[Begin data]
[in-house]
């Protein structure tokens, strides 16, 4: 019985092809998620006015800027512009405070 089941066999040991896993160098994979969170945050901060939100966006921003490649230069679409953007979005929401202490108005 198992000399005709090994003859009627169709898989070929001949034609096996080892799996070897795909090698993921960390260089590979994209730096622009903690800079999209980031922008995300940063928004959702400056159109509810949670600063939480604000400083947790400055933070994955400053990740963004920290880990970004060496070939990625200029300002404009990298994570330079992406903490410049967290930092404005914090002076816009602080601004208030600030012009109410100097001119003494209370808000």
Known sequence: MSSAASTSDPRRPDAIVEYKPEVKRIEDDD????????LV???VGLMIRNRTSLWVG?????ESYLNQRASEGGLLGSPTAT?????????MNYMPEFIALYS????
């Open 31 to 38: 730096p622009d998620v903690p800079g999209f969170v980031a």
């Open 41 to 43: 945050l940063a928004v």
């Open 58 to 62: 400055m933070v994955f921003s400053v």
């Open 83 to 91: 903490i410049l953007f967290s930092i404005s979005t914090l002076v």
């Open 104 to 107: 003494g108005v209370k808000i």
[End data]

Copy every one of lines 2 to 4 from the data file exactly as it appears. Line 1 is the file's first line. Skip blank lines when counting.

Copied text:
């Protein structure tokens, strides 16, 4: 019985092809998620006015800027512009405070 089941066999040991896993160098994979969170945050901060939100966006921003490649230069679409953007979005929401202490108005 198992000399005709090994003859009627169709898989070929001949034609096996080892799996070897795909090698993921960390260089590979994209730096622009903690800079999209980031922008995300940063928004959702400056159109509810949670600063939480604000400083947790400055933070994955400053990740963004920290880990970004060496070939990625200029300002404009990298994570330079992406903490410049967290930092404005914090002076816009602080601004208030600030012009109410100097001119003494209370808000």
Known sequence: MSSAASTSDPRRPDAIVEYKPEVKRIEDDD????????LV???VGLMIRNRTSLWVG?????ESYLNQRASEGGLLGSPTAT?????????MNYMPEFIALYS????
């Open 31 to 38: 730096p622009d998620v903690p800079g999209f969170v980031a």